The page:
Planting and Transplanting
How can you tell if your spring garden soil is dry enough to plant? Pick up a handful of soil, and squeeze it. If the soil forms and stays in a ball, it's too wet to cultivate. If it crumbles, it's ready for planting.
At least for cool-weather crops such as peas, lettuce, parsley, beets and carrots. You'll need to wait for warmer conditions before planting others.
Sow directly or grow from transplants?
You can sow the seeds of most garden crops directly into the ground and let them grow from there.
The exceptions? Warm-season crops and crops that take a long time to mature such as tomatoes, peppers, eggplants, leeks, and sweet potatoes. Gardeners traditionally grow these crops from purchased or homegrown transplants.
Catalog and seed-packet descriptions offer general advice on when to start seedlings or sow directly outside.
Starting seeds indoors
Gardeners who start their own seedlings indoors not only get a good jump on the season, but they have a much wider range of varieties to choose from than local nurseries and garden centers offer.
Starting seeds indoors also saves seeds, an important consideration when planting expensive rare or heirloom varieties.
- Crops that transplant well include onions, leeks, tomatoes, peppers, eggplant, lettuce, cabbage, broccoli, cauliflower, kale, basil.
- Melons, cucumbers, squash and corn are trickier, but possible.
- Beans, peas, and root vegetables do best seeded directly into the ground at their appropriate planting dates.
Online information about growing your own seedlings
Starting seedlings A great video on seed-starting by UMaine Extension professor Frank Wertheim.
Starting Seeds at Home Fact sheet from the University of Maine Extension; contains plans for an inexpensive, collapsible grow-light frame.
Plans for building a multi-level seed-starting stand Another useful resource from UMaine Extension. Includes scale drawings and instructions.
Resources to consult for specific planting information
Vegetable Planting Guide Excellent guide for timing your planting and transplanting of hardy, semi-hardy, tender and very tender vegetable crops. Especially useful if you have a soil thermometer, as it gives soil temperature ranges for various crops.
Planting and Maturity Dates of Vegetables In New Hampshire Chart gives average planting and maturity dates for all our common garden vegetables.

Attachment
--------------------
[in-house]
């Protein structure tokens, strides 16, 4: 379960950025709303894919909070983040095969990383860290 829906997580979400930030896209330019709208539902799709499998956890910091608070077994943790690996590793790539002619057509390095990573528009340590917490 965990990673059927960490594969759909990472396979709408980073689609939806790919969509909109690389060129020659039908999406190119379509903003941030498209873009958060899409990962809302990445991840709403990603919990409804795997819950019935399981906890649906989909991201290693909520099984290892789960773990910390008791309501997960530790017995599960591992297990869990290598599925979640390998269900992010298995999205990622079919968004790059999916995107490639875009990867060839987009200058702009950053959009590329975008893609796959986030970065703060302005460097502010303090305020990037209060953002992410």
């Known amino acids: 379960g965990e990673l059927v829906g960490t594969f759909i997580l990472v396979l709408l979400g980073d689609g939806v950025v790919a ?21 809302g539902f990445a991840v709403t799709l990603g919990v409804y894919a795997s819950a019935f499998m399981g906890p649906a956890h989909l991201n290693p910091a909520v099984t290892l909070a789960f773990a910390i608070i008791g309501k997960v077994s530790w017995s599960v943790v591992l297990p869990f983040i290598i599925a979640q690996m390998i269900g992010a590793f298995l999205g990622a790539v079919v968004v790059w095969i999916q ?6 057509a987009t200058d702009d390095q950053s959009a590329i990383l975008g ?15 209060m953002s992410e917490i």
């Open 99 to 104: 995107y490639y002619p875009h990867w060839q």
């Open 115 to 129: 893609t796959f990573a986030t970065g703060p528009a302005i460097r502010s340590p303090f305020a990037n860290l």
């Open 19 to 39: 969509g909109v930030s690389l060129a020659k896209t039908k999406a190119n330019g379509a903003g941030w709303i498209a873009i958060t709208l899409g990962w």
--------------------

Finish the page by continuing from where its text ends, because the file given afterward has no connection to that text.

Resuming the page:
Planting the Garden Brief but comprehensive guide to planting/transplanting.
Cornell's Vegetable Growing Guides A great general reference. Detailed planting and care advice for 58 home vegetable crops, including a few of the lesser-known crops such as mizuna, claytonia, and Malabar spinach.
Companion Planting Plants growing close to or interspersed among other plants may confer specific mutual benefits. This fact sheet considers the scientific evidence for companion planting and intercropping.
Transplanting onions, tomatoes, eggplants, peppers, broccoli, cabbage, cauliflower, lettuce and other crops as well-established seedlings offers home gardeners many advantages, among them:
- Getting a head start for earlier harvests.
- Growing varieties garden centers don't sell.
- Using fewer seeds and reducing the rate of seed-bed losses.
Whether you've purchased vegetable seedlings or grown your own, you'll need to make sure your plants have "hardened off," by gradually exposing indoor-pampered seedlings to the rigors of life outdoors.
Hardening off Transplants University of Washington fact sheet; information from Johnny's Selected Seeds in Albion, Maine
Hardening Vegetable Transplants Explains the whys and hows of hardening off seedlings before transplanting them.
Timing Vegetable Transplants When to sow vegetable seeds indoors so seedlings reach just the right stage for transplanting.
Have a suggestion for an online information resource we haven't provided here? Let us know about it.
Photo credits: Top five photos, Kathy Martin, Skippy's Vegetable Garden Used with permission.Lower left, Peg Boyles.